To create the proper oval shape, you’ll need to do a bit of math. Take the width of the table and divide by two. Mark that distance from each end of the table, in the very center lenthwise. These marks will be the center radius for the arc on each end.

Get some string and a pencil. Sink a nail or screw part way into the marks you’ve just made. Tie a string around the nail or screw, and attach a pencil to the other end such that the pencil is taunt at the end of the plywood. Use this contraption as a large compass to draw a semicircle on each end.

Then, cut along your arcs with a jigsaw. You should end up with a “rounded rectangle” piece of plywood, as seen above.

Attach the Wood to the Folding Table

The 8’ 1”x2” you purchased will be attached to the bottom of the folding table to give a bit more width for us to screw the plywood into. In essence, we’ll be sandwiching the folding table top between the plywood and the 1x2 so we can use a longer screw and not rely on the particleboard folding table to hold the plywood top on. Thus, you need to chop the 1”x2” into a few pieces that can be placed on the bottom of your folding table. Make sure the legs will fold up properly when the pieces are attached. We used five pieces, each about 16” long.

Lay the plywood on the ground, top down, and center the folding table on top of it. Lay in your freshly chopped 1”x2” pieces and attach them using one of the #8 wood screws (one inch long). Then, drill pilot holes for the screws you will use to attach the top to the folding table. We put two holes in each of our five 1”x2” pieces, for a total of 10 holes that go through the 1”x2”, through the folding table, and through the plywood.

The photo below is of the final product, but you can clearly see the construction involved in this step. Note the placement of the 1”x2” pieces.

Flip everying right side up and attach the top to the folding table with the two-inch long screws. Make sure you counter sink the screws a bit so the heads don’t stick up above the table surface.

Upholster the mother

Sand the edges of the table to round them off slightly. You may need to sand down the top of the table a bit, too, particularly where you put screws into it.

Spray a two foot section of the table top with the adhesive spray. Then, unroll a section of the foam padding on this. Read the directions for your spray adhesive. Ours recommended that we spray both surfaces and let it sit a minute or two to get tacky before applying the foam to the table.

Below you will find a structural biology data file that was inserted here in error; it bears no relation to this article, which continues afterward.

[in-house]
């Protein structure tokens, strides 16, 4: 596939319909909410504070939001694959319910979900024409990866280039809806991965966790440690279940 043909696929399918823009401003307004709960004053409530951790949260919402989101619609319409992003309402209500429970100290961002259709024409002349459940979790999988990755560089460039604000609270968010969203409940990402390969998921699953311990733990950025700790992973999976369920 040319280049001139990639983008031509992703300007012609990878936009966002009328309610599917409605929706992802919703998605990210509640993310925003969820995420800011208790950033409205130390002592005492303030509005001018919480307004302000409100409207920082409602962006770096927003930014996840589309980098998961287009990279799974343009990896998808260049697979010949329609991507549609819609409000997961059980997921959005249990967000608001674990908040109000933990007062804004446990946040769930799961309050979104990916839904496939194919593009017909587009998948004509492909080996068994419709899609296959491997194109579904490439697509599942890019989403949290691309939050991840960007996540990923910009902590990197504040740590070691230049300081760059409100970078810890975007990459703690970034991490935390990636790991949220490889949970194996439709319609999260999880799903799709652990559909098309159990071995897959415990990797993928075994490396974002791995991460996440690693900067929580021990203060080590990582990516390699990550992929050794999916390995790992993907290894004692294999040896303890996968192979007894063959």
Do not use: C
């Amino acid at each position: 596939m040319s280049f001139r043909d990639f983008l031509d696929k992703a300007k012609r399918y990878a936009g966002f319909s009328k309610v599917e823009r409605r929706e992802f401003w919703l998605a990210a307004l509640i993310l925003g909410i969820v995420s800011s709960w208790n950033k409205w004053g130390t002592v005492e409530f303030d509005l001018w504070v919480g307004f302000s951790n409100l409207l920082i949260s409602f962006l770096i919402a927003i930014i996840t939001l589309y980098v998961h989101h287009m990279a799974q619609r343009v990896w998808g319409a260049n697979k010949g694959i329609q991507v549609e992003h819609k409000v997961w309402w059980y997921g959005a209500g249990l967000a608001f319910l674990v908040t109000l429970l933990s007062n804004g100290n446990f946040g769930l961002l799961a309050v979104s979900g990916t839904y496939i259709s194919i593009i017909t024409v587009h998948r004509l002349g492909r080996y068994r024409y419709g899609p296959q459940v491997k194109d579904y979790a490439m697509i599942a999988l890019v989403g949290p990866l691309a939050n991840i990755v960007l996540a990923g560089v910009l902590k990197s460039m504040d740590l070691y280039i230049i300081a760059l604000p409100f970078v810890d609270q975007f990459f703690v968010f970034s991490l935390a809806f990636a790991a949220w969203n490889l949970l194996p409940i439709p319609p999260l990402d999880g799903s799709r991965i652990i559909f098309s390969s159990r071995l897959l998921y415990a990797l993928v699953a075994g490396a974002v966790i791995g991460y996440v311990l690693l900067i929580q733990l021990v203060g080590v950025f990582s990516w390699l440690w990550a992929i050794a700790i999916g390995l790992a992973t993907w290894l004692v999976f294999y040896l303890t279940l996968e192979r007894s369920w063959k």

Continue applying foam in two foot sections until you have the table covered.

Trim the foam such that you have only a few inches ing over the edges.

You may need to iron your felt/cloth. If so, refer to any instructions that came with it. Also, do not let your friends take pictures of you doing this. Even more importantly, do not let your/wife girlfriend see these pictures.

Put your felt/casino cloth on the ground, face down, and flip the table over on top of it. From here, you simply want to pull the cloth as taunt as possible and start stapling it to the underneath of the plywood. This is most certainly a two person job. It’s important to get the cloth as tight as possible. We found that it was easier, at certain points, to flip the table right-side-up and staple from below.

You may wish to spray the final product with some Scotchguard.

Attach the rail

The CasinoSupply.com pre-fab rail is pretty simple. It wraps around the table and your only job is to permanently attach it. CasinoSupply suggests using heavy-duty 3/4” staples for this job, but we didn’t have a staple gun that could handle staples that big. Therefore, we decided to use #8 screws, each with a #8 finish washer and 3/8 flat washer attached, to attach the rail. We used quite a lot of these. I’m not sure if this method is better than the staples or not, but it seemed to work pretty well.

Perhaps the trickiest part of the rail is the joint where the two ends connect. I used rubber-specific cement to glue them together. There may be a better solution here, but we couldn’t think of it.

To learn how to build this table download our instructional video @ http://www.pokertabledvd.com